Tiesto is not only the first EDM star to be featured on the canopy, he’s also the first to be featured on the canopy and Bellagio Fountains. He was allowed into that waterpark in September 2014, also with “A Town Called Paradise.” He remains in play with Glenn Miller’s “In the Mood,” The Beatles’ “Lucy in the Sky With Diamonds,” Elvis’ “Viva Las Vegas,” Michael Jackson’s “Billie Jean” and the Sarah Brightman-Andrea Bocelli duet “Con Te Partiro (“Time to Say Goodbye”).”
The recruitment and inclusion of an EDM DJ has rankled many artists in Las Vegas, particularly those who are classically trained and view EDM as a simplistic method of creating music. No less entertainment figure than Seth MacFarlane derided EDM during his orchestra production at Encore Theater in May, introducing “Old Man River” with this: “This is an arrangement from Nelson Riddle, coming from a time when music was more than two Swedish guys (messing) around on a laptop.”
Tiesto effectively counters such sentiment.
“It is not true to say this is not creating art or making music,” he said just before the launch of “A Town Called Paradise” at Bellagio in 2014. “You have kids who start out at 5 to 10 years old, their instrument is different, but they are learning to make music.
“It might not be playing Mozart on the piano, but it is creating a form of music, and it is now part of our culture worldwide. People are understanding it better than they once did, and people are taking it seriously now.”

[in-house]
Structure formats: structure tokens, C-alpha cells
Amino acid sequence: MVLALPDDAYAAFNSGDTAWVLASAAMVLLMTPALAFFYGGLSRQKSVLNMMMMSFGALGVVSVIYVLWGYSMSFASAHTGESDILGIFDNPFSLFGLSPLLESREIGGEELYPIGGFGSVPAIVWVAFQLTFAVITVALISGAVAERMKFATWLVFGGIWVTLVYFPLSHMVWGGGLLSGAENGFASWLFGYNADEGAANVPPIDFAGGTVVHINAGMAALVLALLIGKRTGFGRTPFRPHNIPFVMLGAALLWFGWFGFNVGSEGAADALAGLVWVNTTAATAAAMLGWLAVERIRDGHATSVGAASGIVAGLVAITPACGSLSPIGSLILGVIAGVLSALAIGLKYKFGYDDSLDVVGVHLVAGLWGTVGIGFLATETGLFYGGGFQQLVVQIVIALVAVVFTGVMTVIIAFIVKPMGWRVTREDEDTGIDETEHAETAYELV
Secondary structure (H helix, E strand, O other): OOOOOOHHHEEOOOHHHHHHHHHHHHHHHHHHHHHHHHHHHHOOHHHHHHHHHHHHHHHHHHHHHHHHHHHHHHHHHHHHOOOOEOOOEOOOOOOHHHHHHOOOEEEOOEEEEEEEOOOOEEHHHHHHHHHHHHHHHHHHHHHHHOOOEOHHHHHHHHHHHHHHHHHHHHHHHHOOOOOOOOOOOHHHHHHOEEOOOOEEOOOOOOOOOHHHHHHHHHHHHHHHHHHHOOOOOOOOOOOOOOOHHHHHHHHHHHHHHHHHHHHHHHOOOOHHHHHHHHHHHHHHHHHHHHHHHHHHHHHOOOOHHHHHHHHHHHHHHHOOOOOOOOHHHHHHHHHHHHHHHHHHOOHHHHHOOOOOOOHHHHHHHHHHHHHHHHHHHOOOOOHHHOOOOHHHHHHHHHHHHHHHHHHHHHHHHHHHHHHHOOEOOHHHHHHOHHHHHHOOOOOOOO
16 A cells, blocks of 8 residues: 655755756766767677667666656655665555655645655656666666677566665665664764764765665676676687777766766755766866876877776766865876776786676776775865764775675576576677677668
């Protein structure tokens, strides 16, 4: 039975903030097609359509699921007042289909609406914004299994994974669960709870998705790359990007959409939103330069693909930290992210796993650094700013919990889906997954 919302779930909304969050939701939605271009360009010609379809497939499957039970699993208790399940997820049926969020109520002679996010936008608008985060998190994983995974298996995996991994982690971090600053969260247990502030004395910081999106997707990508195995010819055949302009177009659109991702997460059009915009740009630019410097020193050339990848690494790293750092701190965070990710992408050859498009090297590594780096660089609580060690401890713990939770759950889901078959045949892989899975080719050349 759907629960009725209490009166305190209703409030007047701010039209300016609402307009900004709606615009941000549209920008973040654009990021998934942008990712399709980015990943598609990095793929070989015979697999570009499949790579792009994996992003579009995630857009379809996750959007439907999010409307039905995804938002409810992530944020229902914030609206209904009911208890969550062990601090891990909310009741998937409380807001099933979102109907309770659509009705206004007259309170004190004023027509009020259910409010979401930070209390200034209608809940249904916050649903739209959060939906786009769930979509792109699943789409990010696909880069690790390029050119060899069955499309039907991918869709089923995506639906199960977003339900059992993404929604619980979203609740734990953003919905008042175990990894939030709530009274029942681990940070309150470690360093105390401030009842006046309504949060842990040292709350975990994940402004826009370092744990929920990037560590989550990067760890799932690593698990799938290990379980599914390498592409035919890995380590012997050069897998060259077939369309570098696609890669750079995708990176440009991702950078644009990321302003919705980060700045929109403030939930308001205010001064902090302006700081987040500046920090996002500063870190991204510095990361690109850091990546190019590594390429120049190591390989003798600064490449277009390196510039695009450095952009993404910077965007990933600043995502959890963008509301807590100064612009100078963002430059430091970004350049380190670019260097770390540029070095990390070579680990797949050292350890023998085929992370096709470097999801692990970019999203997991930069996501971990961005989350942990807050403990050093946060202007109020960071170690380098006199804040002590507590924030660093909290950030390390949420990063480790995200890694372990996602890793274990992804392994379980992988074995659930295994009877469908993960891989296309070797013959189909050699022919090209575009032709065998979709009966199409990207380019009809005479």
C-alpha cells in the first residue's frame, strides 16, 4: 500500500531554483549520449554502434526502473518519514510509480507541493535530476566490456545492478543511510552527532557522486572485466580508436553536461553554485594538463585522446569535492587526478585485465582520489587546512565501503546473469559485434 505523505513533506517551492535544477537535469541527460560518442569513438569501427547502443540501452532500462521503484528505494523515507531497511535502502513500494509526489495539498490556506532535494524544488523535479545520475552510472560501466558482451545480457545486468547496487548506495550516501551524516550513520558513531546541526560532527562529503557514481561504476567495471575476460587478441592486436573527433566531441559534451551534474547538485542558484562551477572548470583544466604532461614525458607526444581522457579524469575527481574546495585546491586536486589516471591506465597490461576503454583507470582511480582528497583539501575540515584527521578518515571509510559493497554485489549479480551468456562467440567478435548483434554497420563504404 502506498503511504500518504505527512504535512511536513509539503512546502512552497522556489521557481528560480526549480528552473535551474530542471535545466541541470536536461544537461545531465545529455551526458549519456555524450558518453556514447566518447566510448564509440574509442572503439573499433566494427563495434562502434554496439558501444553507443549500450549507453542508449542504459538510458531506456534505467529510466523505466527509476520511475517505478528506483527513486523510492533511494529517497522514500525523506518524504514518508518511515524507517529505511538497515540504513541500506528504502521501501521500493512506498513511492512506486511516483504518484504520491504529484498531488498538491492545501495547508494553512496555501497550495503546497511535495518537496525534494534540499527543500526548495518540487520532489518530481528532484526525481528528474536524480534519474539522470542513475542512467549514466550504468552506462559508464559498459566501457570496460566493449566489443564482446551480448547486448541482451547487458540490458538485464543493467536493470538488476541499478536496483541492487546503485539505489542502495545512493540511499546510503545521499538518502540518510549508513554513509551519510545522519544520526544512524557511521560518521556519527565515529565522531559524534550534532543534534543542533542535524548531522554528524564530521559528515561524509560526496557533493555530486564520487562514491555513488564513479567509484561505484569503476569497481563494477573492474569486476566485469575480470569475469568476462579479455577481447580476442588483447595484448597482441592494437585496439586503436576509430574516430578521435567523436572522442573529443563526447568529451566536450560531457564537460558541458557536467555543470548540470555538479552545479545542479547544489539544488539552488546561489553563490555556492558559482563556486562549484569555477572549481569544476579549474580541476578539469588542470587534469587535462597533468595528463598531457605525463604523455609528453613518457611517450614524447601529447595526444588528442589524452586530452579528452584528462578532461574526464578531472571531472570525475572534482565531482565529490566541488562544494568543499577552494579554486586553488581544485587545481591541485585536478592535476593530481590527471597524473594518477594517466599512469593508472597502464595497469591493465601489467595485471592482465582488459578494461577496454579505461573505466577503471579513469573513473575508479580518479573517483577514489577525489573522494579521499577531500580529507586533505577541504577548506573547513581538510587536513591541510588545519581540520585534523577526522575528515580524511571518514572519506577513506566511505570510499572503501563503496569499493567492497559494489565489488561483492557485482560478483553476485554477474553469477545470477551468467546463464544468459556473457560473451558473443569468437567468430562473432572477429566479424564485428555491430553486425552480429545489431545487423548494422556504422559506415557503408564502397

He’s right. Seriously.
• After a scheduling hiccup reportedly caused by myriad small issues, “Baz: Star Crossed Love” has set a July 9 premiere date at Palazzo Theater. The sudden moving of the original June 25 date was initially unexplained, leading to all kinds of speculation around the scene that the show might be in some legal peril. No, rather, as For the Record Executive Producer Shane Scheel says the reason is a collection of “re’s.” Remodeling, reinventing, recasting and rebranding, all of which takes ample time and energy.
What we do know about the show that we have yet to impart is that its creative lineup has been further bolstered by Pat Caddick, added as a music consultant (Caddick worked for years for Danny Gans and also is MD of “Vegas! The Show” at Miracle Mile Shops at Planet Hollywood) and vocal coach Jessica Marciel.
Marciel has long been a favorite in Las Vegas, performing many gigs in many a-room over the years; “Jessica and Fantasy” was a featured act at the Sands, the Desert Inn, Frontier and Landmark — all in the Summa Hotel Group — decades ago. Jessica also is the daughter of one of the all-time great Las Vegas musicians and personalities, percussionist Irv Kluger.